Coal & Allied $45,000 pollution fine 

COAL & Allied has been fined $45,000 for allowing 6 megalitres of polluted water from its Mt Thorley-Warkworth mine to run into a Hunter River tributary

The incident occurred on February 1 and 2 last year (2012) when sediment-laden water was discharged from the mine’s western boundary, adjacent to Charlton Road.

The water then entered a drainage channel, which ran into Salt Pan Creek, Newport Lagoon, Wollombi Brook and then the Hunter River.

The company pleaded guilty in the Land and Environment Court and was convicted of breaching section 120 (1) of the Protection of the Environment Operations Act 1997.

In addition to the fine, it was ordered to pay legal costs of $51,000.

A Coal & Allied spokesman said sediment and erosion controls were in place at the time of the event but were unable to contain all the water deposited during the rainfall event.

‘‘Coal & Allied regrets that during a heavy rainfall event in early February 2012, non-mine affected water containing soil from civil works associated with the erection of a visual bund (as required under Mt Thorley’s Approvals), exited Mount Thorley Operations’ western boundary and flowed into land owned by Coal & Allied,’’ he said.

“Coal & Allied has undertaken further works to improve its erosion and sediment control measures at Mount Thorley with more than $500,000 invested in measures such as water channels, sediment controls barriers and enhanced monitoring.”

Bulga-Milbrodale Progress Association spokesman John Krey said the fine was appropriate.

‘‘This was a major pollution incident and it’s good to see they have been held to account,’’ he said.

‘‘Mines have to pay more attention to their controls; they are too slack when it comes to dust and noise and now we have seen a serious water pollution incident as well.’’

The Land and Environment Court also ordered Coal and Allied to advertise the breach in newspapers today (Tues, Aug 26).

Coal & Allied’s Mt Thorley-Warkworth mine.

Keeping an eye on the pennies

Not even the children of the nation’s rich and powerful are safe from the powerful money Hoover operated by the cash-hungry Rudd government.

A pair of bank accounts held in the names of AFL boss Andrew Demetriou’s twin daughters have been emptied out into the Commonwealth consolidated revenue fund, a government gazette released on Friday shows.

The gazette names two unclaimed bank accounts, each of $2471.43, belonging to Alexandra Demetriou and her sister Zoe, care of Andrew Demetriou’s $6.8 million home in the leafy Melbourne suburb of Toorak.

Bank accounts from which there are no deposits or withdrawals are transferred to the government after three years – reduced from seven years in December in a move that has so far netted $450 million.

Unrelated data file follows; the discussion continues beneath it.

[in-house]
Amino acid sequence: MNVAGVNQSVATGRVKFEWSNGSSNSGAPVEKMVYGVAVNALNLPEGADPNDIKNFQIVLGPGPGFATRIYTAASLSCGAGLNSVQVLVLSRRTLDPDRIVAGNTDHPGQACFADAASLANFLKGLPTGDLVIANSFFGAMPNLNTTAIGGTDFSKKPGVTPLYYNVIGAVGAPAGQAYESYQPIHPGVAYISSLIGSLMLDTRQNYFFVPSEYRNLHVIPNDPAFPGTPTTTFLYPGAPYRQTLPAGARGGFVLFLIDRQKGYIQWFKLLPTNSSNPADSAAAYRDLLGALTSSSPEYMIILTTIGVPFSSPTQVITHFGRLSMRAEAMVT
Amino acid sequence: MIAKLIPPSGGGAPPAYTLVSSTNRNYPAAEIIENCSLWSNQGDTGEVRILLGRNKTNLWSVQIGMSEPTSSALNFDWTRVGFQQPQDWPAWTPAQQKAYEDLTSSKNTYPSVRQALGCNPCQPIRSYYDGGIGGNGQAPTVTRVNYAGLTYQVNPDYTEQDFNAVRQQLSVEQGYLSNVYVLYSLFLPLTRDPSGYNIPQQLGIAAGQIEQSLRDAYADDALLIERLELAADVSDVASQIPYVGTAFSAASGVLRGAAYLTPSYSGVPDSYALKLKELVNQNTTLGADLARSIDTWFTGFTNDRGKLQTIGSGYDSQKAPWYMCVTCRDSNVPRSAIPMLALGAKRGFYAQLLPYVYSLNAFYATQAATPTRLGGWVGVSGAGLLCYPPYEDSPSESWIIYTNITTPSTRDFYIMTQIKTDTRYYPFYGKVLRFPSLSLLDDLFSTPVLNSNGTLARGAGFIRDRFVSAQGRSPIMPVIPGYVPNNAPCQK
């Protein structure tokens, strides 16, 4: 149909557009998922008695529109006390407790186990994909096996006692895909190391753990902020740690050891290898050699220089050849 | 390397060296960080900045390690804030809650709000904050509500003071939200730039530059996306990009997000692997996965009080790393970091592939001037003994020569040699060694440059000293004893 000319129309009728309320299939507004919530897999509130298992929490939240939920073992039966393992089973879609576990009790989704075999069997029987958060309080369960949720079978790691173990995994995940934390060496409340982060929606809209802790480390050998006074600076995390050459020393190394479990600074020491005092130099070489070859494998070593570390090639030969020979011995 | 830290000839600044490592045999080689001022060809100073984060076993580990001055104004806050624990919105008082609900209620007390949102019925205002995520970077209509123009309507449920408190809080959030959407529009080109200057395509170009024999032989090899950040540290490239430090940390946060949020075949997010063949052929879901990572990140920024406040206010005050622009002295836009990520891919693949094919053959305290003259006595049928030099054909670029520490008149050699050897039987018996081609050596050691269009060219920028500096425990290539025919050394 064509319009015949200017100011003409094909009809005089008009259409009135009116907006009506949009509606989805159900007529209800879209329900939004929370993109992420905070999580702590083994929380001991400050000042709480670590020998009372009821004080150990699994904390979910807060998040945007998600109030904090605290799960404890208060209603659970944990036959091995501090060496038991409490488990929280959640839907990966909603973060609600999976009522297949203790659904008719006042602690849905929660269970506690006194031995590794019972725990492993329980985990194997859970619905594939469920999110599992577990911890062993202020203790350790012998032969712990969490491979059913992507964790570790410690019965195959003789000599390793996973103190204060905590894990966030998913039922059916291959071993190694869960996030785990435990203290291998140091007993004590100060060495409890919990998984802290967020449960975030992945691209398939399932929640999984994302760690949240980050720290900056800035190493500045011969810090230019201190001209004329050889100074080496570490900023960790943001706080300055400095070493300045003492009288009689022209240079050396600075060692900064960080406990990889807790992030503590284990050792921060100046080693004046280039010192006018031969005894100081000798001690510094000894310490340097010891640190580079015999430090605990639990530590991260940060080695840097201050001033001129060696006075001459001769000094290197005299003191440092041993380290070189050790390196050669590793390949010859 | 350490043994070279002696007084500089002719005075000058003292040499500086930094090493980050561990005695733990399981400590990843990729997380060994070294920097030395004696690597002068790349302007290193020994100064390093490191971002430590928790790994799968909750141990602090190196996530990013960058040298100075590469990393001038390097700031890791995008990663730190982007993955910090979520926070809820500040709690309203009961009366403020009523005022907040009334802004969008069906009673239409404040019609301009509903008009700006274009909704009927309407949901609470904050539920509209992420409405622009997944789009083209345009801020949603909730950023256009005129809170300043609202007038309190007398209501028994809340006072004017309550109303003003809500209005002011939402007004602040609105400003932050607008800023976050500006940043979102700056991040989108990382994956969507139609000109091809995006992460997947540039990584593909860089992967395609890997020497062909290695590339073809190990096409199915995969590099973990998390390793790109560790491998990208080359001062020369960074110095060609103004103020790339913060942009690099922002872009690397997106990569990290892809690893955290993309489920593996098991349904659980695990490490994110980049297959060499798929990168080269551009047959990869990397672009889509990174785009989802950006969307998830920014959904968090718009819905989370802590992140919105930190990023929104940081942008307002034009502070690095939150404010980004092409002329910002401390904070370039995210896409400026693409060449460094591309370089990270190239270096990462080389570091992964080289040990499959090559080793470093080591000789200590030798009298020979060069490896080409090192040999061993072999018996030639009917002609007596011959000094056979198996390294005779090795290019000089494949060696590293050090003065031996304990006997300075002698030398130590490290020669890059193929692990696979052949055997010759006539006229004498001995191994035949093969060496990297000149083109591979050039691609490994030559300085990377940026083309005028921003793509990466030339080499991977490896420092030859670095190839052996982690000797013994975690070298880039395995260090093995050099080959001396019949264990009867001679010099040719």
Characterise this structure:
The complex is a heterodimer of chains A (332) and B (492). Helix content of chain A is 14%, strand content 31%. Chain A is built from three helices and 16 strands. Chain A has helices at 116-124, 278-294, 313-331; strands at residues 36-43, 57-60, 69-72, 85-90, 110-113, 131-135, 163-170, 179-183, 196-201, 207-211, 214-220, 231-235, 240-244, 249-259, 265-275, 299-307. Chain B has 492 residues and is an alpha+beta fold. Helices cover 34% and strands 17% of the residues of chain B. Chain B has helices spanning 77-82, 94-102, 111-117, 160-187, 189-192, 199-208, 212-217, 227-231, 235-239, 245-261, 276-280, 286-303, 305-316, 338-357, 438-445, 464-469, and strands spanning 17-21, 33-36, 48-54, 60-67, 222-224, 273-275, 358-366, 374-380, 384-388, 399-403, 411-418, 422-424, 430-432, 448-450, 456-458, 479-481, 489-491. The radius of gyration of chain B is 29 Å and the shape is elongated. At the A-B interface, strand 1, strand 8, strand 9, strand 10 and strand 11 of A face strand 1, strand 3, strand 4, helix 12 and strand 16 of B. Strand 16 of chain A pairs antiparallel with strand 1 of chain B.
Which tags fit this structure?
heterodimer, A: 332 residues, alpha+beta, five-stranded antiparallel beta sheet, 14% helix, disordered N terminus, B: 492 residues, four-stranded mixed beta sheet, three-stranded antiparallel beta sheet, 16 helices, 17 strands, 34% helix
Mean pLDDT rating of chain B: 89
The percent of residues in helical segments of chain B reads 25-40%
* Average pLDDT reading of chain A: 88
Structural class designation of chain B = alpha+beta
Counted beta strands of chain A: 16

To get the money back, punters need to apply to their banks.

Demetriou is pretty busy right now – finals are fast approaching and on Monday he was sitting at an AFL Commission hearing of charges against the Essendon Football Club over the supplements scandal that has gripped the code.

But, while the AFL boss brought home $1.88 million last year, it appears he is determined to recover the relatively small amount of missing money.

”Yes, he is aware of it with both his daughters and is in the process of reclaiming their money,” AFL spokesman Patrick Keane said.Win for Twiggy

He may have lost on the mining tax, but his investment in biotech Allied Healthcare Group has proved healthy for Fortescue founder Andrew Forrest.

Twiggy quietly increased his stake in Allied to 17.05 per cent on July 30, paying almost $1 million to buy about 20.8 million shares.

That’s a price of about 4.8¢ a share. But the stock’s been on a run since, culminating in a speeding ticket issued by the ASX last week after its price surged from 5.8¢ on August 12 to a peak of 7.6¢ on August 19.

On Monday the company said its cardiovascular patch, CardioCel, had passed European safety rules. Allied closed at 7.9¢, meaning Twiggy has made a quick paper profit of $644,000 on his latest purchase. His entire stake – some 176 million-odd shares – is worth close to $14 million.Rough swells

Management wipeouts at troubled surfwear group Billabong have left the company without a big kahuna to unveil its annual results on Tuesday morning.

Former Target managing director Launa Inman got caught in the rip on August 5, standing down as chief executive when the company agreed to a rescue package with the Altamont consortium.

Former Oakley chief executive Scott Olivet was set to surf into the top job, subject to Takeovers Panel approval – a process the company said ”may take a week or more”.

It’s yet to happen, with the tide turning after the Takeovers Panel forced the Altamont crew to tone down some of its more obnoxious demands and the rival Oaktree-Centerbridge consortium dropping in with a fresh offer.

So who will be head grommet at Tuesday’s dial-in? Apparently the show is to be run by finance chief and acting chief executive Peter Myers, who came from APN in January.

Chairman Ian Pollard will also be on hand.Within Range

Being suspended from the exchange won’t stop Cape Range steaming ahead with its deal to become the listing vehicle for brown coal treatment outfit Exergen, chairman Wayne Johnson insists.

He told CBD Cape Range would pay its ASX fees by August 29 and would be lodging a prospectus this week to raise up to $5 million.

Asked when Cape Range would be back trading on the bourse, he said: ”The timetable we’re targeting is the end of October.”

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Shopper dockets put dent in Caltex result


Oil refiner and marketer Caltex suffered a loss of petrol sales during the June half as Coles ramped up price discounting with its ”shopper dockets”.

The Australian Competition and Consumer Commission has been reviewing the petrol discount scheme operated by the big supermarket chains, Woolworths and Coles, amid industry-wide criticism it gives them an unfair competitive advantage.

Caltex supplies Woolworths with its petroleum products, giving it a prime exposure to the supermarket wars.

Caltex made the disclosure when unveiling a profit for the June half of $195 million, up from $167 million a year earlier, as it benefited from inventory gains on the oil price movement. Revenue totalled $11.5 billion, down from $11.8 billion a year earlier.

Inventory gains flattered earnings by $24 million in the half, compared with losses of $30 million in the year earlier period.

A steady interim dividend of 17¢ a share was declared. Earnings per share in the half rose to 72.2¢ from 61.8¢ a year earlier.

Stripping out the impact of oil price movements and profits fell to $171 million on a so-called replacement cost basis from $197 million a year earlier, coming in at the upper end of its recent guidance of $160 million to $175 million.

Supply disruptions at the Lytton refinery in Brisbane and to premium product supplies in Sydney, along with the slide in the Australian dollar, wiped an estimated $20 million off earnings, it said.